Vegan and vegetarian diets are linked to a lower risk of heart disease but may increase the risk of stroke, experts say.
A study from the University of Oxford found that people who follow the diets have a 22% lower risk of heart disease than meat eaters, while those who eat fish but no meat (pescatarian diet) have a 13% reduced risk.
However, researchers found that vegetarians and vegans were a fifth more likely to suffer a stroke than meat eaters, which they suggest may be partly due to a lack of vitamins.
The study, published in the British Medical Journal (BMJ), included data for 48,188 people with no history of heart disease or stroke at the start of the study.
The group was split into meat-eaters (24,428 people), fish-eaters(who consumed fish but no meat (7,506 people), and vegetarians and vegans (16,254 people).
Over a follow-up of 18 years, 2,820 cases of ischaemic heart disease and 1,072 cases of stroke were recorded among the overall group.
After adjusting for factors that might influence the results, researchers found that fish eaters had a 13% reduced risk of heart disease than meat eaters, while vegetarians and vegans had a 22% lower risk.
This was equivalent to 10 fewer cases of ischaemic heart disease in vegetarians and vegans than in meat eaters per 1,000 people over 10 years.
The researchers said: “We observed lower rates of ischaemic heart disease in fish eaters and vegetarians than in meat eaters, which appears to be at least partly due to lower body mass index and lower rates of high blood pressure, high blood cholesterol, diabetes associated with these diets.”
But the study found 20% higher rates of stroke in vegetarians and vegans than in meat eaters, equivalent to three more cases of stroke per 1,000 people over 10 years.
This was mostly due to a higher rate of haemorrhagic stroke – the type caused by bleeding in or around the brain.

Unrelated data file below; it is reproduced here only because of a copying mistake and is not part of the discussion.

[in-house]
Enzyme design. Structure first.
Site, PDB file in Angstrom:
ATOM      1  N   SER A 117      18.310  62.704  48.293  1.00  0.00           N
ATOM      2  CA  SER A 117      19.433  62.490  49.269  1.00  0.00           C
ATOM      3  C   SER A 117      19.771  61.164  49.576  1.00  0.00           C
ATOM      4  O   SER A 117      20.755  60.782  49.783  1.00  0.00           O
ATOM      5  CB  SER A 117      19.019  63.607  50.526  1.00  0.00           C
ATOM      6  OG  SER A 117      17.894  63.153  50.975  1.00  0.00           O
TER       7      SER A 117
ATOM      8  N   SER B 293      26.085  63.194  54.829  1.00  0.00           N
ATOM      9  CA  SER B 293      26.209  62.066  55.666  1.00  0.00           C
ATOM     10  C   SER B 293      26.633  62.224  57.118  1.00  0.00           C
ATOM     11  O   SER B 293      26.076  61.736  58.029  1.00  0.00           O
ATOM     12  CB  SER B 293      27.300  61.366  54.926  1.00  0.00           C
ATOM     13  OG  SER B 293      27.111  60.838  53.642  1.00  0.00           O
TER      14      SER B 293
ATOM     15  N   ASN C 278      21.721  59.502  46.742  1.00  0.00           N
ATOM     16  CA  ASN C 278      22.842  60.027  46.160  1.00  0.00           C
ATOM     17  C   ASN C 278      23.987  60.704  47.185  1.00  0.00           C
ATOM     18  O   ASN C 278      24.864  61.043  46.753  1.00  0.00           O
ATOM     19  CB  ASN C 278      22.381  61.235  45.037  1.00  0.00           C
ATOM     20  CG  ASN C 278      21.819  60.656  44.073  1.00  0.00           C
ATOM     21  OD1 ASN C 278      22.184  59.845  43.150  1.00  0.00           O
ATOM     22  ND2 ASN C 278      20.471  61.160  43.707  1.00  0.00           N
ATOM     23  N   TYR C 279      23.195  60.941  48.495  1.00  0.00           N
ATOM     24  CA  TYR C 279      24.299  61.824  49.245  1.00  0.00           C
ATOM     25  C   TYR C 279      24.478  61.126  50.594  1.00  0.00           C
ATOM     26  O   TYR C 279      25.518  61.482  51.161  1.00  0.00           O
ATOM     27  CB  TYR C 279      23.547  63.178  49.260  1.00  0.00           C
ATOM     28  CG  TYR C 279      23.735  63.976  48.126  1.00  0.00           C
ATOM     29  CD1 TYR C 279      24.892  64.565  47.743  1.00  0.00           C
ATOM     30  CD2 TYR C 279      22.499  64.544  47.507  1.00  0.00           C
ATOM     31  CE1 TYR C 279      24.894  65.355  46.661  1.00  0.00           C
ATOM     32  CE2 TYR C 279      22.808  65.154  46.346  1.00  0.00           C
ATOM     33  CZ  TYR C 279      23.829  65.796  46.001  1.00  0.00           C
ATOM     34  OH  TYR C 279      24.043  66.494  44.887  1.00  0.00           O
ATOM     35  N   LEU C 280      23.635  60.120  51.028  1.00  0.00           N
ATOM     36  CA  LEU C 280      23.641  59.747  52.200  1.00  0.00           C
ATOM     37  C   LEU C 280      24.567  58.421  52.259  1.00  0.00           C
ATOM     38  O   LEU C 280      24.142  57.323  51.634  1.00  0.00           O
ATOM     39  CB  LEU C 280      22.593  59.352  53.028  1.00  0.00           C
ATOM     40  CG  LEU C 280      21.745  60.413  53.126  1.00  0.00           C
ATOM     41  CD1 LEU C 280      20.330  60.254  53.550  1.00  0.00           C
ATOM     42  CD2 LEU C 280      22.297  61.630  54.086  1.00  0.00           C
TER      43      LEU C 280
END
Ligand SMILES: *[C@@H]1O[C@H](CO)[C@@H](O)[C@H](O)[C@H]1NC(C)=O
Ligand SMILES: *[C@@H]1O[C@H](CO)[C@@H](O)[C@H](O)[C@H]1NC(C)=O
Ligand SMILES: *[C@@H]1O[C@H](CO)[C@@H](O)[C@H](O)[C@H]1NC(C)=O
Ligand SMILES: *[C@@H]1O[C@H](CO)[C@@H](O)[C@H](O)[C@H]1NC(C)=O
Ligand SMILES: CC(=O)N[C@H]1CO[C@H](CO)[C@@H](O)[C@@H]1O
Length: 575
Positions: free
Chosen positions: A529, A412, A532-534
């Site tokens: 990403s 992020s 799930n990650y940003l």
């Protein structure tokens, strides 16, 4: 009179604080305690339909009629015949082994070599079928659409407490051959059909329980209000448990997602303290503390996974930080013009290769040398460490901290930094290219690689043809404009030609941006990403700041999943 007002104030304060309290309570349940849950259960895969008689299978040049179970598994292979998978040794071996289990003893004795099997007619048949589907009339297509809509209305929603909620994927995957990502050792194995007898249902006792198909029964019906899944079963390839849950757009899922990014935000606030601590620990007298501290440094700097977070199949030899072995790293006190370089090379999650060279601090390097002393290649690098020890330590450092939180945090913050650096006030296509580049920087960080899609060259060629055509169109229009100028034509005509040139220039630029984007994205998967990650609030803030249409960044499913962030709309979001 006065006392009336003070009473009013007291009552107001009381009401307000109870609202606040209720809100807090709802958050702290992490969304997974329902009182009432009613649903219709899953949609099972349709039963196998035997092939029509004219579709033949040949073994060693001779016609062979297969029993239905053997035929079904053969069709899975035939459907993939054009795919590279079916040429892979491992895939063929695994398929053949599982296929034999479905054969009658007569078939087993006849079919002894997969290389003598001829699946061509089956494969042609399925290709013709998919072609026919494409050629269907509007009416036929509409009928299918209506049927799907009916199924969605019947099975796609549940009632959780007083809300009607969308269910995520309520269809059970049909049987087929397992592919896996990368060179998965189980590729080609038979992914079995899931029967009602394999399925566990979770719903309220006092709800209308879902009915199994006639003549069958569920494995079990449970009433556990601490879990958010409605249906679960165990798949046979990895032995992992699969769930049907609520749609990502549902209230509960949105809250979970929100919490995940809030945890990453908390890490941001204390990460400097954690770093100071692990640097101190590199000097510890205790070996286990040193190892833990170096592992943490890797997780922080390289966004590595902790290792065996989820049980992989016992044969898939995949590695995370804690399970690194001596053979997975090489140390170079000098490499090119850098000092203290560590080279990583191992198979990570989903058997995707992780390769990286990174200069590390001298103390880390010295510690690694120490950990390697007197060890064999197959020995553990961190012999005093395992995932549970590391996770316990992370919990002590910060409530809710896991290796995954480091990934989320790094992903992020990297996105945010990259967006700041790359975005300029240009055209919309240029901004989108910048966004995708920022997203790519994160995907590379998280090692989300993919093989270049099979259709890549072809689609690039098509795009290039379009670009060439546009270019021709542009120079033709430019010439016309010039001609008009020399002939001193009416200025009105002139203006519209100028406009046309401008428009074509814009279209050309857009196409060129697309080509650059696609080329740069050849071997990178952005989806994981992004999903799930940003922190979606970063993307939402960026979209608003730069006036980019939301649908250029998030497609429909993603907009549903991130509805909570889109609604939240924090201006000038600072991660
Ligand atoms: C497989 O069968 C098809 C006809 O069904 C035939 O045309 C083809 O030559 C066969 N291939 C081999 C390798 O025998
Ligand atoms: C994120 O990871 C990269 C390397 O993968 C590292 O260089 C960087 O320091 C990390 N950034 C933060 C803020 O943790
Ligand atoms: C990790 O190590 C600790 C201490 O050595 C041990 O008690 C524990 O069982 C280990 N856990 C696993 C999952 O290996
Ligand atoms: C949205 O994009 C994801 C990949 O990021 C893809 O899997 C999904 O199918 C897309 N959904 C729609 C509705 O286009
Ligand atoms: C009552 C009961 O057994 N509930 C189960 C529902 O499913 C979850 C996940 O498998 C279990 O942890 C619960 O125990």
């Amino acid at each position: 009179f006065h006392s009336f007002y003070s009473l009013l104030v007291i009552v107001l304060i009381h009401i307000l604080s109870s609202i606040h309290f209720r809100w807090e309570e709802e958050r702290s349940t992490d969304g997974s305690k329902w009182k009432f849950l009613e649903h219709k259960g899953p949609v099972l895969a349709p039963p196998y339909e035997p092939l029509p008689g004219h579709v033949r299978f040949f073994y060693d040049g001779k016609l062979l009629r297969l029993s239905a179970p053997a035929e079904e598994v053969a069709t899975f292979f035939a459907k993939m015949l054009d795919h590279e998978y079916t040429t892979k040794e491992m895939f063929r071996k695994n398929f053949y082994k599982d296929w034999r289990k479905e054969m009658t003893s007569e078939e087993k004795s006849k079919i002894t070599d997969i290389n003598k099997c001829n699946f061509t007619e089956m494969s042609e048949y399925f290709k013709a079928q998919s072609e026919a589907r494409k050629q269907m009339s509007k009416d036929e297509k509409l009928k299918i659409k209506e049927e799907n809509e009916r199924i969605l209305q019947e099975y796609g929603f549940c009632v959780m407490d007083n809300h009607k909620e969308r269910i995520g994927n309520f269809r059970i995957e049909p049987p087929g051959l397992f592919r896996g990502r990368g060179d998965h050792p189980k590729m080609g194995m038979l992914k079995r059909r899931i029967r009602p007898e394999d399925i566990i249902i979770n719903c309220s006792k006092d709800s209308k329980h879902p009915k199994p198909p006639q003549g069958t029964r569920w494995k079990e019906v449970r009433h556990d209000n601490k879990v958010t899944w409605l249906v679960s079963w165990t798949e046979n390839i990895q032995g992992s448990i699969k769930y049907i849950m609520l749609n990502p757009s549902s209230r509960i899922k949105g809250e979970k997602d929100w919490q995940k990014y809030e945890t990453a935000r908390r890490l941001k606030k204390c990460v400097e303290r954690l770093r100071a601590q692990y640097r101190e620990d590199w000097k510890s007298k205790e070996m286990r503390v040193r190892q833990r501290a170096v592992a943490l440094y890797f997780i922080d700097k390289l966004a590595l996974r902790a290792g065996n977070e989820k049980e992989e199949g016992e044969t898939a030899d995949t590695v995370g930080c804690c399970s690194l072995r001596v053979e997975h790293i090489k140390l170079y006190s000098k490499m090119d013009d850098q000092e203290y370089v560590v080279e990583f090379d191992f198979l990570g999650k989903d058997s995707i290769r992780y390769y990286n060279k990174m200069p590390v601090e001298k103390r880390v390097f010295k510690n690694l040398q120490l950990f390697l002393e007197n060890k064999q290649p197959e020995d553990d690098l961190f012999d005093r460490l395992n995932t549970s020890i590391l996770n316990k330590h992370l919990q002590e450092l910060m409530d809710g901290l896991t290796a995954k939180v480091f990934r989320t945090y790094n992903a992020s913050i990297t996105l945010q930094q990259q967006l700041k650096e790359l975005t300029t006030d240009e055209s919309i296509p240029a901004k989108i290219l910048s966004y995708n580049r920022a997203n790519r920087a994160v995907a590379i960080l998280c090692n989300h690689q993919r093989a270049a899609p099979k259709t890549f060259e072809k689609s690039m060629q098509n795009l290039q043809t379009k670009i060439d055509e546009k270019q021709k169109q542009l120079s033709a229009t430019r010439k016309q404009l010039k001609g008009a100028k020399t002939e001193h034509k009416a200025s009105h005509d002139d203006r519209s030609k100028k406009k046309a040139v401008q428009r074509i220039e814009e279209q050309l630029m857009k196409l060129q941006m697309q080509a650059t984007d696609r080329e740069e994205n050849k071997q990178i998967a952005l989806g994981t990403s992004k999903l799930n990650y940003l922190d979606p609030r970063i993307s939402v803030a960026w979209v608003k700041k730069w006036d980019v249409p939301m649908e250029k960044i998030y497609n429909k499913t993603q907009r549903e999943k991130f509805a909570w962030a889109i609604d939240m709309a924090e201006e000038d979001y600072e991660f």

The team said the increased risk of stroke could be down to lower levels of vitamins among the vegetarians and vegans in the study.
They said further investigation was needed, adding: “Vegetarians and vegans (in the study) have lower circulating levels of several nutrients (eg, vitamin B12, vitamin D, essential amino acids, and long chain n-3 polyunsaturated fatty acids), and differences in some of these nutritional factors could contribute to the observed associations.”
Researchers also suggested that low blood levels of total cholesterol among vegetarians and vegans may play a role.
They added: “Vegetarian and vegan diets have become increasingly popular in recent years, partly due to perceived health benefits, as well as concerns about the environment and animal welfare.
“In the United Kingdom, both the representative National Diet and Nutrition Survey 2008-12 and a 2016 Ipsos MORI survey estimated about 1.7 million vegetarians and vegans living in the country.”
Tracy Parker, senior dietitian at the British Heart Foundation, said: “This study provides further evidence that eating more plant-based foods can help lower our risk of heart disease.
“However, it also found that vegetarians, including vegans, are at a higher risk of stroke than meat eaters – potentially due to lack of certain nutrients.
“Whilst this is an interesting finding, this study is observational and doesn’t provide us with enough evidence, so more research in this area would be needed.
“Whether you’re a committed carnivore, a veggie, or a vegan, one way to reduce your risk of heart and circulatory diseases is to ensure you’re eating a balanced diet, packed with plenty of fruit and vegetables, wholegrains, beans, lentils, nuts and seeds. For those who do eat meat, cutting back to less than 90g of red or processed meat a day is advised.”